Hackney MP Diane Abbott Calls For Rent Controls

By BethPH Last edited 40 months ago
Hackney MP Diane Abbott Calls For Rent Controls

camberwell treesMP for Hackney and future Mayoral candidate Diane Abbott has called for rent controls in a joint campaign with Generation Rent.

Pretty much everyone has been demanding reform to the private rental market, which has so distorted the cost of living in the capital that some people face rents of more than half of their monthly salary. But the government has been slow to act. Unlike the London Rental Standard (LRS), Abbott's proposals wouldn't be voluntary, and would force landlords to comply with the GLA's rent controls or face an extra charge of 50%.

Monthly rents would be no more than 50% of the local annual council tax bill, so a family living in a two-bed flat in Camberwell would have a council tax banding of B (£942) and a rent of £1,200 per month, so their rent cap would be £471. The extra charge to a landlord if they chose not to apply a cap would be £364. The extra charge would go to the Mayor of London to pay for new social housing.

Diane Abbott said:

“A major international city without measures to stabilise rent runs the risk of rents spiralling out of people’s reach. It is no coincidence that New York, Paris and Berlin all have some version of rent control. For too long politicians have rejected any form of rent controls but it is time to look at the issue again.”

We looked at how rent controls work in other countries in January. London Mayor Boris Johnson has previously rejected rent controls. The most common argument against rent control is that it would force landlords to sell up, reducing supply but increasing demand. The Telegraph said it risked rents becoming a political football — we think it's probably become that already.

Alex Hilton of Generation Rent called on Britain's baby-boomers in CityMetric to support the organisation's campaign for rent controls:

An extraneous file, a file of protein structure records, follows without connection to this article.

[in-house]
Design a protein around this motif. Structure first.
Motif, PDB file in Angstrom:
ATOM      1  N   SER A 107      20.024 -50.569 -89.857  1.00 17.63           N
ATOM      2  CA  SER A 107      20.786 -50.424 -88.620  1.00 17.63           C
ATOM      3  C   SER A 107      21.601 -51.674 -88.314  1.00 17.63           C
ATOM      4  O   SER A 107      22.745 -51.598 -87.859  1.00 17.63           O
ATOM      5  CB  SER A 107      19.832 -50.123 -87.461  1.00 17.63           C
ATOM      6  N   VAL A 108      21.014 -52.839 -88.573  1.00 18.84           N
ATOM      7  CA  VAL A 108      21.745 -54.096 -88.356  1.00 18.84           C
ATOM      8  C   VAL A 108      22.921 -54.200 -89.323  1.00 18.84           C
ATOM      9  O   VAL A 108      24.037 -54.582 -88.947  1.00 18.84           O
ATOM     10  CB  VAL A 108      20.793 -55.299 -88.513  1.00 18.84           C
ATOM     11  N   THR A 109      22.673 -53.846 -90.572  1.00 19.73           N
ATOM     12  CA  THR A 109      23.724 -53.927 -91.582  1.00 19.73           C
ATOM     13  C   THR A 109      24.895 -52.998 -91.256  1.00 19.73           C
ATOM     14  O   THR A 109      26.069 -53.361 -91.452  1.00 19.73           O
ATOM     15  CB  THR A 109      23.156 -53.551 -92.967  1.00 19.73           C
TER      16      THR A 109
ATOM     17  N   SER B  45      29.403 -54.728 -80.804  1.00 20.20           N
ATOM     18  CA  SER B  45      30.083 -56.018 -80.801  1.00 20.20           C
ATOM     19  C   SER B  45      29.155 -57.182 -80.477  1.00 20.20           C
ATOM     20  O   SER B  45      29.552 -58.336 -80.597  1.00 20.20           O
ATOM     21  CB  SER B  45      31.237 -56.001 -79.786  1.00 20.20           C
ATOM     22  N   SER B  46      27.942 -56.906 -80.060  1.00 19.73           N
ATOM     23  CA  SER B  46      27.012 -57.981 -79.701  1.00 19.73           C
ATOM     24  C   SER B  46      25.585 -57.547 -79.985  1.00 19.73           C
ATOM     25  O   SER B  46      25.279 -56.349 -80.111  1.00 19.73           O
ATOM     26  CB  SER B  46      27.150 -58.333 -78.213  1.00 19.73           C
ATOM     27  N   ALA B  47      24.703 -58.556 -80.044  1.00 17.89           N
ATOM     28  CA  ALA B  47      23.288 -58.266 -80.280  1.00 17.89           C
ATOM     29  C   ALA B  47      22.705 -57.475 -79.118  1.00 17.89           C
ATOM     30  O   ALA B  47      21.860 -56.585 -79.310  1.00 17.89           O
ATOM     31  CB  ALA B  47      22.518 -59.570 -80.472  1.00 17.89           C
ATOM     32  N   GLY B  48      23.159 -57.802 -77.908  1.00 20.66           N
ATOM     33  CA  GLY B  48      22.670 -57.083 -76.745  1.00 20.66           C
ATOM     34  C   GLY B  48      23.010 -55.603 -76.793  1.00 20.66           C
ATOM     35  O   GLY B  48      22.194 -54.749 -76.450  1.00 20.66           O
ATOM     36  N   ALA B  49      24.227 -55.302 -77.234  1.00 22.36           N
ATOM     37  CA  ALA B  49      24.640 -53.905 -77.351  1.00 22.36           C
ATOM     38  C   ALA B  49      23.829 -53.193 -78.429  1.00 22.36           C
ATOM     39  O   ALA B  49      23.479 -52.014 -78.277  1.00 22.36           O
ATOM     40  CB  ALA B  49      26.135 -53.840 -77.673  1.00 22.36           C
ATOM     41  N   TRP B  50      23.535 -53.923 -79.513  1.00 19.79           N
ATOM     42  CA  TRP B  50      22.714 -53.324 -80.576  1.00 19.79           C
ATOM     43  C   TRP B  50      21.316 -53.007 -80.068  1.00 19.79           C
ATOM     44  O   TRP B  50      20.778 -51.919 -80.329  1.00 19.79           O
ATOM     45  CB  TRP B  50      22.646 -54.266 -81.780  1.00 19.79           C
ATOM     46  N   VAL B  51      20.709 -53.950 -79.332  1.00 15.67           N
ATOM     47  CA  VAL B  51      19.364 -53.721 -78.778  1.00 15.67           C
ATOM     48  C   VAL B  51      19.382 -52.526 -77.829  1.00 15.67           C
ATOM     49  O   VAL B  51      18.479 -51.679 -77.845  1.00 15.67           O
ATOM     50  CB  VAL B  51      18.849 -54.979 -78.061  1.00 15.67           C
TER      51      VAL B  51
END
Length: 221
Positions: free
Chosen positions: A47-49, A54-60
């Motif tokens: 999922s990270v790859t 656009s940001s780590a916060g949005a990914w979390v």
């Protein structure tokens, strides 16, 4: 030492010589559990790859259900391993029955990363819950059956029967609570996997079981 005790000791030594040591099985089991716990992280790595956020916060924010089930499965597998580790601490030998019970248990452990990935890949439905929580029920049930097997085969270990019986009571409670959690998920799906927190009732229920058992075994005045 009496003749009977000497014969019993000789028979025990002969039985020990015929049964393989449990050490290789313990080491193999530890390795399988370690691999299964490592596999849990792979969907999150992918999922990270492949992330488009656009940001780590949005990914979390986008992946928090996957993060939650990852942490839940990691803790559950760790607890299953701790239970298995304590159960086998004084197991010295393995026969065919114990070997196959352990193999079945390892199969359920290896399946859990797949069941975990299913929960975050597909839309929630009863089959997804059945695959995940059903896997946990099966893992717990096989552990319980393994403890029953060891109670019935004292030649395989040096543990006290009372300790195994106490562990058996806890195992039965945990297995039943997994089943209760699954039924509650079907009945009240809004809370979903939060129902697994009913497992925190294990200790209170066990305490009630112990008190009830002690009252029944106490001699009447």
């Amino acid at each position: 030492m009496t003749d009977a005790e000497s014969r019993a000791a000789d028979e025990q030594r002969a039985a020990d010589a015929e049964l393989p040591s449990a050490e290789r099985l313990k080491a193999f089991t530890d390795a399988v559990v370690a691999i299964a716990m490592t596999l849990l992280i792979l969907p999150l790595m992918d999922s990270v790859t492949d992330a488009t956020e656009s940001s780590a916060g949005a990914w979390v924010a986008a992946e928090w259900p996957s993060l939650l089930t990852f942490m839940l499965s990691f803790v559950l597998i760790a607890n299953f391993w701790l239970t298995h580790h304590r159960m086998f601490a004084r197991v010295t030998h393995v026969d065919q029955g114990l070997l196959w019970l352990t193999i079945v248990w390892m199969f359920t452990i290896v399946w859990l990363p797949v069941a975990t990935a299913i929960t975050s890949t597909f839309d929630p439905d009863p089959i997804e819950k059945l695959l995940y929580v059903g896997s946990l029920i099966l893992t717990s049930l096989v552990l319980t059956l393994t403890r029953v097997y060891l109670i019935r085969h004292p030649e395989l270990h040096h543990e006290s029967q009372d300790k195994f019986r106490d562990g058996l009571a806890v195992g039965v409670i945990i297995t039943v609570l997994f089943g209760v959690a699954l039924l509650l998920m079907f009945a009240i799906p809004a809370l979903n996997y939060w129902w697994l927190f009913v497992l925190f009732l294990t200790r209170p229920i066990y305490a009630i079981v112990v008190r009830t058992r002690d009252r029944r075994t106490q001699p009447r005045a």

“This rent slavery, where people are ground down working to build their landlords’ buy-to-let empires, is untenable.”

Abbott has written to prime minister David Cameron and Labour leader Ed Miliband to demand powers for the London Mayor and local authorities to introduce rent controls, saying rejection of the proposal must end.

Photo by Andy Worthington in the Londonist Flickr pool.

Last Updated 10 December 2014


It's an interesting proposal - but doubtful that it will actually work quite in the way described. Does anybody really believe that landlords will (in the example above) be able to reduce rent by 60%? And if anyone does reduce the rent by that amount, would landlords have any incentive to do any maintenance / renovation beyond the absolute minimum legal standards?

On the other hand, given that landlords are unlikely to reduce rent, this will generate a lot of tax revenue for the government. There are 3.3m households in London, of which 26% are privately rented. Let's take (as very rough average) an assumption that this generates £200 / month tax revenue from privately rented homes - about £2B a year towards new homes - not bad.

James Hammond

I have to agree with Mark on this; It is a fantastic idea, but simply may not be workable long term.

The only thing that may come of this is that the stock of rental accommodation that Landlords cannot afford the mortgages on being sold off would hopefully increase supply, and possibly bring down the prices of houses in the capital.

But that in itself is a long shot....


This is what will happen and why it cant work

Currently. Flat rented for £2000 and has 5 young sharers in it.

Abbot laws comes into effect, forcing landlord to rent out for £500

Plenty of people want to rent it for the new £500 price.
Does the landlord let it to the 5 shares for £500 or to the one guy who wants to live alone and can afford £500 pm?

The five sharers are replaced by one single person or a couple.

What happens to the 3-4 displaced people? forced to sleep in tents or to vacate London?

Lower rents = people not needing or wanting to share with strangers or people they loosely know = fewer people in homes = a real shortage of housing where love nor money can get you a property to rent